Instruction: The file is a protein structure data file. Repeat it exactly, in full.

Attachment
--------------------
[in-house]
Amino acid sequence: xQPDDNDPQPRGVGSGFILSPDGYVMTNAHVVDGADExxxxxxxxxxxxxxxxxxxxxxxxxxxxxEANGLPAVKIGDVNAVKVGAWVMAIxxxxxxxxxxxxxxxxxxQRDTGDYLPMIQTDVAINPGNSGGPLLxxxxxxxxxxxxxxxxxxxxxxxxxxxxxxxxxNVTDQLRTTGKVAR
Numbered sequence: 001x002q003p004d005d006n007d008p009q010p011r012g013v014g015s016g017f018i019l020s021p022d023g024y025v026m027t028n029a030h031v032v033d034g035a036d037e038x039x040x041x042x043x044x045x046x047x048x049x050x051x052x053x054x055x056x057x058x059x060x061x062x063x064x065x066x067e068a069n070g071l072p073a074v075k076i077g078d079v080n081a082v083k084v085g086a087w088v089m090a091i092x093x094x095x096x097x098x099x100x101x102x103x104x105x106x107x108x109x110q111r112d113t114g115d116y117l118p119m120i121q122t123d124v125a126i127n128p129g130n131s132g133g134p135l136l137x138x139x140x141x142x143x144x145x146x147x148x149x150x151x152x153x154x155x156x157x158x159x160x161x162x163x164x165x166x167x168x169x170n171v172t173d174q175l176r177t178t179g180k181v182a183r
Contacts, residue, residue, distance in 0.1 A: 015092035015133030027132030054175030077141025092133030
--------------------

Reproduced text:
[in-house]
Amino acid sequence: xQPDDNDPQPRGVGSGFILSPDGYVMTNAHVVDGADExxxxxxxxxxxxxxxxxxxxxxxxxxxxxEANGLPAVKIGDVNAVKVGAWVMAIxxxxxxxxxxxxxxxxxxQRDTGDYLPMIQTDVAINPGNSGGPLLxxxxxxxxxxxxxxxxxxxxxxxxxxxxxxxxxNVTDQLRTTGKVAR
Numbered sequence: 001x002q003p004d005d006n007d008p009q010p011r012g013v014g015s016g017f018i019l020s021p022d023g024y025v026m027t028n029a030h031v032v033d034g035a036d037e038x039x040x041x042x043x044x045x046x047x048x049x050x051x052x053x054x055x056x057x058x059x060x061x062x063x064x065x066x067e068a069n070g071l072p073a074v075k076i077g078d079v080n081a082v083k084v085g086a087w088v089m090a091i092x093x094x095x096x097x098x099x100x101x102x103x104x105x106x107x108x109x110q111r112d113t114g115d116y117l118p119m120i121q122t123d124v125a126i127n128p129g130n131s132g133g134p135l136l137x138x139x140x141x142x143x144x145x146x147x148x149x150x151x152x153x154x155x156x157x158x159x160x161x162x163x164x165x166x167x168x169x170n171v172t173d174q175l176r177t178t179g180k181v182a183r
Contacts, residue, residue, distance in 0.1 A: 015092035015133030027132030054175030077141025092133030